It seems apt to me that this exhaustive biography of L. Frank Baum is written by a woman. Only a woman could have put up with Baum's mercurial personality, his peripatetic wanderings, his entrepreneurial ventures and failures. Perhaps like Baum's wife, Maud, author Rebecca Loncraine was able to see the potential in the man. And of course, with the hindsight of history, we can all see and marvel at his greatest venture, penning the story of "The Emerald City," later to be called
The Wonderful Wizard of Oz.
Baum was born in upstate New York to
respectable, solidly middle-class burghers. His childhood was colored by the sight of amputee veterans of the Civil War returning home, by the commonplace tragedy of infant mortality which took five of his siblings, by the curiously dark fairy tales of Hans Christian Andersen and the Brothers Grimm, by major advances in American home life including the invention of electric light, and by the ascension of the great "wizard" P.T. Barnum, the master of "humbug." As a youngster Baum showed his entrepreneurial skills by writing and printing a family newspaper, then publishing a book about stamp collecting. In early adulthood his career of choice, after dabbling in the family business, was the theater, where he was actor, producer, director, and
- again - writer. He also had a fair talent as a promoter. It was during this phase that he met Maud Gage, daughter of outspoken suffragette Matilda Gage. They married and moved to Aberdeen in the South Dakota Territory.
It's obvious that life on the great plains influenced Baum's later
composition about a little girl from Kansas who is swept away by a huge tornado.
Subsistence outside the small civilized enclaves was almost maddeningly lonely,
the endless flat landscape uncluttered by greenery. In Baum's book, Dorothy did
not long to go home as she is sentimentally depicted in the movie version. Why would anyone want to leave the fascinating bright world of Oz to go back to a dirt farm in Kansas?
Baum ran a large emporium in Aberdeen and spiced up the social life there by bringing to the town many wonders of the big city to adorn the local homes. But his business acumen lagged behind his exotic tastes and flair for design, and the enterprise failed. He did some writing for the town newspaper and muddied his own intellectual legacy somewhat by his articles on the Indians, seemingly admiring their culture while stating that they should be annihilated. Eventually he and Maud and four children wound up in Chicago, where the family languished in poverty as Baum sought to support them as a peddler. His spirit of salesmanship rose to the fore again, however, when he got into the store-window decor business, not only demonstrating beautiful displays but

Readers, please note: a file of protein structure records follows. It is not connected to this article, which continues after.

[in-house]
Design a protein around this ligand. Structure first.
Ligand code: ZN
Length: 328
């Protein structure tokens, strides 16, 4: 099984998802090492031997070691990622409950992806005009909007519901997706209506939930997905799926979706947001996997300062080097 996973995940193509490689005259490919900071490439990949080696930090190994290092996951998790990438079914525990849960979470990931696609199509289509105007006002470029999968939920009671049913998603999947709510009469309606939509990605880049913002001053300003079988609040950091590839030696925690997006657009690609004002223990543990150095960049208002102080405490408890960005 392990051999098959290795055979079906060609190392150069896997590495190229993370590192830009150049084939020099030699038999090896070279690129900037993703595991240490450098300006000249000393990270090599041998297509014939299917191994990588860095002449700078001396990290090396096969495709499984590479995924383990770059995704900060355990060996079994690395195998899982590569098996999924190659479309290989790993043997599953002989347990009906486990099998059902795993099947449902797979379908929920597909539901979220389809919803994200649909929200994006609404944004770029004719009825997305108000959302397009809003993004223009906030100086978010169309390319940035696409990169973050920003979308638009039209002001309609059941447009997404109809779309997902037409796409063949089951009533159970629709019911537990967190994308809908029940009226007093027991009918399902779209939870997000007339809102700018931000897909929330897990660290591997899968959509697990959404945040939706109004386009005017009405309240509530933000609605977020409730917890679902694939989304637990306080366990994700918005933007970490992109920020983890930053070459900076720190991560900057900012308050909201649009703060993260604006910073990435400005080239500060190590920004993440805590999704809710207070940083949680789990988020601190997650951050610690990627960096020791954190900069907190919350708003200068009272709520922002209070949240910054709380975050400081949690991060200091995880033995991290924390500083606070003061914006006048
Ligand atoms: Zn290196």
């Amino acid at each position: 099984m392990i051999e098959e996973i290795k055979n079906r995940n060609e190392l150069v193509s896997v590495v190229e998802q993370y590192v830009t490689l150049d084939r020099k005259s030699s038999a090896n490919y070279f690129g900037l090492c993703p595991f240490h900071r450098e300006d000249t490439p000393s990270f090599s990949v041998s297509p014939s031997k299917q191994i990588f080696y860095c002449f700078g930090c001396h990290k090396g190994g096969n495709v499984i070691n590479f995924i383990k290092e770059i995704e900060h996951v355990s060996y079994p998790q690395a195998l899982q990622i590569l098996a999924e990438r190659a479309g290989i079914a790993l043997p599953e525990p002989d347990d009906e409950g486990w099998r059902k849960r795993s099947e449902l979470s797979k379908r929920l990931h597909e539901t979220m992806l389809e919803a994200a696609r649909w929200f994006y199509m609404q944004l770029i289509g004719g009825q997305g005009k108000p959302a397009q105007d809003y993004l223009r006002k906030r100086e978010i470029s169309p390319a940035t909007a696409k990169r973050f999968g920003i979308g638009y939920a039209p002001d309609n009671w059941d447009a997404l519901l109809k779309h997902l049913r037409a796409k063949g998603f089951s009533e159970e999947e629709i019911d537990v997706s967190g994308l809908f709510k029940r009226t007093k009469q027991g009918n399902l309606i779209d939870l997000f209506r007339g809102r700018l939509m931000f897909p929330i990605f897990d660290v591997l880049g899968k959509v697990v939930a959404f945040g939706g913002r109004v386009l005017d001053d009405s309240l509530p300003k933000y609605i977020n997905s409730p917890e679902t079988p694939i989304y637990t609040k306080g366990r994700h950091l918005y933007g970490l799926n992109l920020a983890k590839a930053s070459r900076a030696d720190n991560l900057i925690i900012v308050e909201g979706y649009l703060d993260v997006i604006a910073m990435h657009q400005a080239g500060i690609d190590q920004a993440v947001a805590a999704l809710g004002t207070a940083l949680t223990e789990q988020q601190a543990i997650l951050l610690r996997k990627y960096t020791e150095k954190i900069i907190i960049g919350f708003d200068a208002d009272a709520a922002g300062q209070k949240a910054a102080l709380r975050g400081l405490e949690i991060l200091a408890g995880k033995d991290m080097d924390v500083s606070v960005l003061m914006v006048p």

also writing about them.
In 1891, the Chicago World's Fair lit up Baum's life with its White City, a virtual palace illuminated at night by thousands of light bulbs surrounded by shimmering lagoons. White City contained 65,000 exhibits,
yet the palace was in its own way a humbug - the statuary that adorned it was made of thin cement and cardboard, and many of the exhibits were fakes. No doubt Baum tucked this combination of outward splendor and inward chicanery in his mind, and in 1899, he found a storehouse of images there that became the book he called "The Emerald City." The work glorified females, from Dorothy to Glinda the Good, undoubtedly influenced by the forthright, independent Maud, the only love of Baum's life. It drew together many of the disparate elements of Baum's childhood, and like all great children's books, it did not talk down to its audience.
Though the book, along with his other children's work, Tales of Father Goose, did bring him the fame and fortune he sought, its blessings were not permanent. He found he had to go on writing about Oz for his addicted fan base of American children, and no other book in the series came up to the standard of the first. Baum loved to spend money and invested heedlessly. In fact, without Maud to keep a hand on the checkbook, Baum might have driven the family to ruin several times over with his speculations in theater and film. It was not until 20 years after his death that the book was finally turned into
the highly successful, in fact legendary, film starring Judy Garland.